Directions to the House of Unnumbered Stars Devin Miller
The house of unnumbered stars will be there when you need it, the night cartographer waiting with her pens and silver inks. Do not be ashamed of wanting her to draw you a star map. It’s no surprise that it hurts when the world fails to understand the unfamiliar contours of your human constellation. It hurts when your house is not considered a home because you share it with a friend, not a spouse. It hurts when your partnership is dismissed because your girlfriend also has a wife. And you are not the first to seek a map. We who create constellations the world doesn’t recognize have always been here. We know how to find the house. The search is worth it, even if in the end you decide a map will not help you.
* * *
Timing is important. The first step to finding the house is to crack an egg into the hands of someone you love, one star in your constellation. Compare the yellowness of the yolk to the brightness of the sun. If the yolk is very yellow and the day is rainy, wait for clearer skies. If the yolk is pale and the sun bright, wait for clouds. The egg must be eaten before you set out. Since you are allergic to eggs, feed it to the person who let you crack an egg into their hands. Scrambled if you’re feeding it to your nibling, poached for your sister.
* * *
Bring an item given to you by one of your stars which has influenced the direction of your life. The recipe book from your best friend that made you a pastry expert, the first tiny houseplant that taught you to garden, the notebook that told you your adopted gay aunt believed in your words.
Dogs are also quite good at direction. If your dog needs a walk, bring your dog.
* * *
When you venture outside, continue until you reach a memory. As your constellation formed, your mind annotated the world around you, creating associations between places and people. Perhaps you will find the Puerto Rican restaurant or the witch hazel tree, the bookstore or the playground, which reminds you of one of your people.
Turn left here.
* * *
No matter how long you live in a neighborhood, there’s always a street you’ve never ventured down before. In just the same way, it is always possible you will find someone wonderful and new to add to your constellation.
The house is on this unfamiliar street. You will know you have found the right street because your heart will begin to pound and its beat will whisper to you, here.
You will find the house at the end of the street, at a crossroads. Its front yard is a chaos of hellebore, acanthus, rosemary, yucca. Picture the house a family of witches would live in—it looks like that. Choose between the lichen-stained stone steps and the wheelchair-accessible ramp that looks like it might be the back of a sleeping troll.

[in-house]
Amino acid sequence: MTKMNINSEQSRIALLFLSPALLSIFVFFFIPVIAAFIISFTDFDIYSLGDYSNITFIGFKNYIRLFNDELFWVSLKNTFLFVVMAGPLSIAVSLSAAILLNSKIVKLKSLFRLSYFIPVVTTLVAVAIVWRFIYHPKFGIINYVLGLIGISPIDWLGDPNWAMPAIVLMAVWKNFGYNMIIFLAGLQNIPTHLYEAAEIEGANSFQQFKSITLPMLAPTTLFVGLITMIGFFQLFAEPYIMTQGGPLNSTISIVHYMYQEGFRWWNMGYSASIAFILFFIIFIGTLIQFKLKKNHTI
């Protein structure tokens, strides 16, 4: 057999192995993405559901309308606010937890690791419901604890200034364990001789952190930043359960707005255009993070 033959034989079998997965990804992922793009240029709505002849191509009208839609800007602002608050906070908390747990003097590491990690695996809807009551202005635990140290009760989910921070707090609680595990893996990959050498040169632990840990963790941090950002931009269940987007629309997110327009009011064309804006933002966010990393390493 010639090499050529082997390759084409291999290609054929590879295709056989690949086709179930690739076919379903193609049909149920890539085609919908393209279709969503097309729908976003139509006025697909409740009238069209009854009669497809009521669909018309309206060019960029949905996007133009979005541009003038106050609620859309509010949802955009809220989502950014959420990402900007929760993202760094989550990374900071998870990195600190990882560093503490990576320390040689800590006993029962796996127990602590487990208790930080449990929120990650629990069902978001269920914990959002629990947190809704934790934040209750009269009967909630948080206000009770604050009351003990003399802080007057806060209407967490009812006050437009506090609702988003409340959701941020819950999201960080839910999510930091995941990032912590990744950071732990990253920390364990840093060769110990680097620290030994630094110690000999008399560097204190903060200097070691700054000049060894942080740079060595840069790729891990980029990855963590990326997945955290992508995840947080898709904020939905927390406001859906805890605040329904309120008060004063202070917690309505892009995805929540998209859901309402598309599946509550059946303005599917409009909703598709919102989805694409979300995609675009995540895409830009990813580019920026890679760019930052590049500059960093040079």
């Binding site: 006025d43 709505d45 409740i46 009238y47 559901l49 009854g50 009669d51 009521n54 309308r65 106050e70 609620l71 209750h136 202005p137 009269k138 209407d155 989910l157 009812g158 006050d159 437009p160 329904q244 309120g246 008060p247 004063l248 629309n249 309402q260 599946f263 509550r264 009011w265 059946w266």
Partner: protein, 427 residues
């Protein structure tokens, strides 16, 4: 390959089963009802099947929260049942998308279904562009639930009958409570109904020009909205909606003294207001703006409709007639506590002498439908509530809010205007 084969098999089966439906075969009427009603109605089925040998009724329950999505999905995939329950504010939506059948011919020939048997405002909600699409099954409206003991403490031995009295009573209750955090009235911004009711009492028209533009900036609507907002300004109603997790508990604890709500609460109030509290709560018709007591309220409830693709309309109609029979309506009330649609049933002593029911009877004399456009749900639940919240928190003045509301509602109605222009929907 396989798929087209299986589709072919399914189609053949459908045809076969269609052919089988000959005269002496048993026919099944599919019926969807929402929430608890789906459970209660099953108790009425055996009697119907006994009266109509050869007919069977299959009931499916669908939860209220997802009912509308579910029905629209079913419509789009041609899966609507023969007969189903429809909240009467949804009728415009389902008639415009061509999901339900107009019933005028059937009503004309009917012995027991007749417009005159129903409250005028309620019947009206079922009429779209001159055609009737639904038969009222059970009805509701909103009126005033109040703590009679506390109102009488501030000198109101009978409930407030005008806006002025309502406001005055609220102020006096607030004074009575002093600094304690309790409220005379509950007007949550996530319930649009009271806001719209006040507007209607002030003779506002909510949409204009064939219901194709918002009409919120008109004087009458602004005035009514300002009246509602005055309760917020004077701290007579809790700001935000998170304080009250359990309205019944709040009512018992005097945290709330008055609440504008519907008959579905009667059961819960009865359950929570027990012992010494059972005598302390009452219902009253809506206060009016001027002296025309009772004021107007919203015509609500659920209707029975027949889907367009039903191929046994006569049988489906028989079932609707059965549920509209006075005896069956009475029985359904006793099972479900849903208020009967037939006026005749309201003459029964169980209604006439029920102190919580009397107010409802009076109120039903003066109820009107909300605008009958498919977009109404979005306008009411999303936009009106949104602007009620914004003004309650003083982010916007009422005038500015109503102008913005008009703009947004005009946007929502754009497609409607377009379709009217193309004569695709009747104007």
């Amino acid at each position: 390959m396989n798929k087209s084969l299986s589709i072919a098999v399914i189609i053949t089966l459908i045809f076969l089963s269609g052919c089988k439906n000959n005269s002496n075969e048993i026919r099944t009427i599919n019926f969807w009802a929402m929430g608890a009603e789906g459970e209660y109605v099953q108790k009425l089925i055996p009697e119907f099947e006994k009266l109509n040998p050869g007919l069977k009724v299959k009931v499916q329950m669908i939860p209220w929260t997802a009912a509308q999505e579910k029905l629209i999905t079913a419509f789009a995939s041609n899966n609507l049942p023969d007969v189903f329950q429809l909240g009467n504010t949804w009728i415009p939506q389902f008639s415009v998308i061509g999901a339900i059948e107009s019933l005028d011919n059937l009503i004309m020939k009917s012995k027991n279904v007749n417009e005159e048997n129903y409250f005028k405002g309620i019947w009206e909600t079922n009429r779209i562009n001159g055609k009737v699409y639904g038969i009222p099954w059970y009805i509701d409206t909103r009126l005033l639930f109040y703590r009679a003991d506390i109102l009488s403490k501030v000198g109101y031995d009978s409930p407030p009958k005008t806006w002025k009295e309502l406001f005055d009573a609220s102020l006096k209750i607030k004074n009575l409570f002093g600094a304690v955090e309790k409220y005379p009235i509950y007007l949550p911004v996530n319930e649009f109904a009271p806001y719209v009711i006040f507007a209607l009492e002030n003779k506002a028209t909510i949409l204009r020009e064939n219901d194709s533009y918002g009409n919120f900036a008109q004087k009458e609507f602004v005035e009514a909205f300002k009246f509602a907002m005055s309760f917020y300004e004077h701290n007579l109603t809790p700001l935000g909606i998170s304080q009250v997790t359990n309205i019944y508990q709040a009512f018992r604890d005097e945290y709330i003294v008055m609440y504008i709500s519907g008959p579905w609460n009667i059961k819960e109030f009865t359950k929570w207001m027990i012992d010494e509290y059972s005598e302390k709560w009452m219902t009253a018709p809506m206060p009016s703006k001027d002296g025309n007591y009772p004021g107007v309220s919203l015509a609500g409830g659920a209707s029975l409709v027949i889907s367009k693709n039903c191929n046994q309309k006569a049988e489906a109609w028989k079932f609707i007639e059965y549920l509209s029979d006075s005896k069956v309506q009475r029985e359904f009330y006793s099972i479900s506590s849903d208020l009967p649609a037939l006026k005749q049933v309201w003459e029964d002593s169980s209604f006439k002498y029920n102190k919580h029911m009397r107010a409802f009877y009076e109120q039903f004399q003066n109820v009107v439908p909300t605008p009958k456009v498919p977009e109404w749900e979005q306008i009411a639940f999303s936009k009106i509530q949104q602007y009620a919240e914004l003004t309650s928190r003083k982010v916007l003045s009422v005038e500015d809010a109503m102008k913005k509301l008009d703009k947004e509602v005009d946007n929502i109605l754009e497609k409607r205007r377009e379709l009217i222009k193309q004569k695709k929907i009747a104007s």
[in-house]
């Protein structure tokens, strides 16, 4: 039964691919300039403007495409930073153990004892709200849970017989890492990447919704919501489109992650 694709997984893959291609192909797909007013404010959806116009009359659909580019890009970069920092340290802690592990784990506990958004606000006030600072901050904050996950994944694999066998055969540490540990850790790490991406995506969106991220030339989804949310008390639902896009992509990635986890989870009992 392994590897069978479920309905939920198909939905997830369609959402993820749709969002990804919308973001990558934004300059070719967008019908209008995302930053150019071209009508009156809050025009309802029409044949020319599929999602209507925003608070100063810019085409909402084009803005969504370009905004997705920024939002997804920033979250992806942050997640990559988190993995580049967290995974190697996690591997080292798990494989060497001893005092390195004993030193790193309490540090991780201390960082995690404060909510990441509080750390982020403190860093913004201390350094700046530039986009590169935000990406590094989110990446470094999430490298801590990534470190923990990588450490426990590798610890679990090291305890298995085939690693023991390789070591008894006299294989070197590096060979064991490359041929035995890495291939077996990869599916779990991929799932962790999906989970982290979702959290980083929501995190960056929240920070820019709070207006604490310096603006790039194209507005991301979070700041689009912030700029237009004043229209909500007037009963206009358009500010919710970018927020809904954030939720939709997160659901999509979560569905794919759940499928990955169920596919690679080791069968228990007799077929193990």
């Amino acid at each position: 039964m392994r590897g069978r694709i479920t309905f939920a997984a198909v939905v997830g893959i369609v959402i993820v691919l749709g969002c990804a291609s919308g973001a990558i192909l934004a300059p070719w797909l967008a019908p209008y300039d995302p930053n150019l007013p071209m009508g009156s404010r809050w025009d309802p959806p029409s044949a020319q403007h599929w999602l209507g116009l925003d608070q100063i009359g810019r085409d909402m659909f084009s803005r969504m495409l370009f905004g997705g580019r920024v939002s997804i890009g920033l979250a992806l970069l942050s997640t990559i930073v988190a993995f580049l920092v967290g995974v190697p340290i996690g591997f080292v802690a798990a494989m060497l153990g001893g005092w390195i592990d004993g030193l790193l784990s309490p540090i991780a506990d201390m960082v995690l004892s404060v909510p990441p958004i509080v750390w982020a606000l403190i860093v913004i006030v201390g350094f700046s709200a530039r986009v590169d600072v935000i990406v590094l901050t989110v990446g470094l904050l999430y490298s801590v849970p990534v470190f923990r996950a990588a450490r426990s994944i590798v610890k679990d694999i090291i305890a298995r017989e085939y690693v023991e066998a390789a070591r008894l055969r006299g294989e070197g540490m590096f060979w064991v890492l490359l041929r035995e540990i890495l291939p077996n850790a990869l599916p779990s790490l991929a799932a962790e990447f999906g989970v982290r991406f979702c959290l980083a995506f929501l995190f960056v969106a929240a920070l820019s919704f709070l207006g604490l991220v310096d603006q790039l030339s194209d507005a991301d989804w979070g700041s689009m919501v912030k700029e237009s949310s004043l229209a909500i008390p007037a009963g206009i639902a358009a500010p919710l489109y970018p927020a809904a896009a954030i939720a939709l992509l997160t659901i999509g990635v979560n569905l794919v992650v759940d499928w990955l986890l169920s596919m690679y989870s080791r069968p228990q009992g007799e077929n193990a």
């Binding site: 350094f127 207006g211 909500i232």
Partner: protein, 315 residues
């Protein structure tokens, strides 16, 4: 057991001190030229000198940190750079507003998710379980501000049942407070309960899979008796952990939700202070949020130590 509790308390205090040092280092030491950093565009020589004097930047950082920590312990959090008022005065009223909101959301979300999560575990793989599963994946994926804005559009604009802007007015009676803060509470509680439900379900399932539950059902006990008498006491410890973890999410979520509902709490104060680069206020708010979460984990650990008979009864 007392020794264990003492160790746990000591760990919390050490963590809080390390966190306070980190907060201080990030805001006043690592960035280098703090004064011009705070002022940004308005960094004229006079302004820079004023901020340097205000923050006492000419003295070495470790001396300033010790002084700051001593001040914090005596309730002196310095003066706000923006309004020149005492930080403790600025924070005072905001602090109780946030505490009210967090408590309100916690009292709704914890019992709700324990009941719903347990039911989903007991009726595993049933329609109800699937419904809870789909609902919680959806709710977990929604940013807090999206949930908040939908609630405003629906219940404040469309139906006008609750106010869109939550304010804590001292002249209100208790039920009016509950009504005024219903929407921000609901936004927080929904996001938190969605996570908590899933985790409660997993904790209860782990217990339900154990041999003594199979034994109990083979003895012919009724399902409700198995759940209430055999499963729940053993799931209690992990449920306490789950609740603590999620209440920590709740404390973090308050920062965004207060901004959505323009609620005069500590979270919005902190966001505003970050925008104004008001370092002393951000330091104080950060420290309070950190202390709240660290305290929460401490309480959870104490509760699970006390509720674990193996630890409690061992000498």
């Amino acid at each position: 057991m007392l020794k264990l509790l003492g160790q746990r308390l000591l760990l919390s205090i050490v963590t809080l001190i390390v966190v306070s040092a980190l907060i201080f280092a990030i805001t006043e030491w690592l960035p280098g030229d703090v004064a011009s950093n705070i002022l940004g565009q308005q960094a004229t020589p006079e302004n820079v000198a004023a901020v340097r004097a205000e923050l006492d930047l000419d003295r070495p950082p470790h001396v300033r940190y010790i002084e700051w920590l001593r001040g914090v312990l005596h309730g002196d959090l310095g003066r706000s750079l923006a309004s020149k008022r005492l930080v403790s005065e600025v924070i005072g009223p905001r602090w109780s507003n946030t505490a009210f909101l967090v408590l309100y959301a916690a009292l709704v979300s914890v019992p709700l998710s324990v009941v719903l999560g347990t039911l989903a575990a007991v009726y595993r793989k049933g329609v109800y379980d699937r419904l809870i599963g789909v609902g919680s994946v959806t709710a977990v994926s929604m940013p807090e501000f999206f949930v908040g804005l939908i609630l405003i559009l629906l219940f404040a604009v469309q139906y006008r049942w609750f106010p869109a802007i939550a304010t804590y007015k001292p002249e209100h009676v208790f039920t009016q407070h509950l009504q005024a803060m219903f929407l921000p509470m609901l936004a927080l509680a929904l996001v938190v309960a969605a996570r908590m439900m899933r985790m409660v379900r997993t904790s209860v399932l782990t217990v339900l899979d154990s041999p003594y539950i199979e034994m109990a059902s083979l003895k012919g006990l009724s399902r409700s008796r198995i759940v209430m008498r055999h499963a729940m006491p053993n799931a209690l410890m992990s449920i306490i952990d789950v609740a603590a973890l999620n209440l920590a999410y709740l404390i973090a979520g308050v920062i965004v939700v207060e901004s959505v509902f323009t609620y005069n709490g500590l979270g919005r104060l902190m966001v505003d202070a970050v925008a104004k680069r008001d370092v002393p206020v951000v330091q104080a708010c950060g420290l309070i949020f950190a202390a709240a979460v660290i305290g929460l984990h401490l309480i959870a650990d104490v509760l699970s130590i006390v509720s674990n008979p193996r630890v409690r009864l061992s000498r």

When you reach the front door, knock thrice.
* * *
You will enter a house full of unnumbered stars. Darkness and starlight will swallow you and an old woman will come to take your hand. She is the night cartographer.
“Tell me,” she will say, “who do you love and who loves you? Who asks if you have eaten and remembers you are allergic to eggs? Who do you trust with the shadows and squirrels in your mind?”
You will tell her. You will speak of your girlfriend and your girlfriend’s wife, your best friend you share a home with, your sister and your nibling, the adopted aunt who told you how to find the house: your tangled queer family. Tell the cartographer everything.
* * *
She will lead you through the house until you find the corner where your stars are shining. She will remind you that a constellation is an unreal thing, invented by humans to explain the world to each other. She will remind you that this is true even of the constellations everyone knows, the husband-and-wife constellations, the parent-and-child constellations. She will remind you that not everyone will understand your constellation even when it is mapped.
You will bite your lip, hesitate. Maybe having a map will make it hurt worse when people still don’t understand.
“What good does it do, then?” you will ask.
The night cartographer cannot answer this question for you. She will sit you down in a chair of black velvet and give you time to think.
* * *
Ask yourself: why exactly does it hurt when the world fails to recognize your constellation? Is it tiring to explain over and over again what your people mean to you? Does it frustrate you? Are you afraid that this thing you have created for yourself is not as good as the old, familiar constellations?
You will run your hands over the soft velvet arms of the chair and answer these questions, and when you have answered these questions, you will say, “The map is for me.”
The night cartographer will smile and arrange her inks and paper.
Tell her more about the people she is mapping, about your girlfriend’s penchant for growing garlic, the time your nibling explained gender to their math teacher. Tell her about egg dripping through fingers, your memories of the landmark where you turned left. This sort of detail helps the cartographer choose the right shade of silver ink for each star.
* * *
When the map is done, she will show you how to fold and unfold it. Because you will unfold it often. When the world tries to tell you your links to your people are not strong enough to form a constellation, you will unfold the map to remind yourself the world is wrong.
You will thank the night cartographer. You will thank her from the bottom of your belly, where you keep your starlight when you are not in the house of unnumbered stars.
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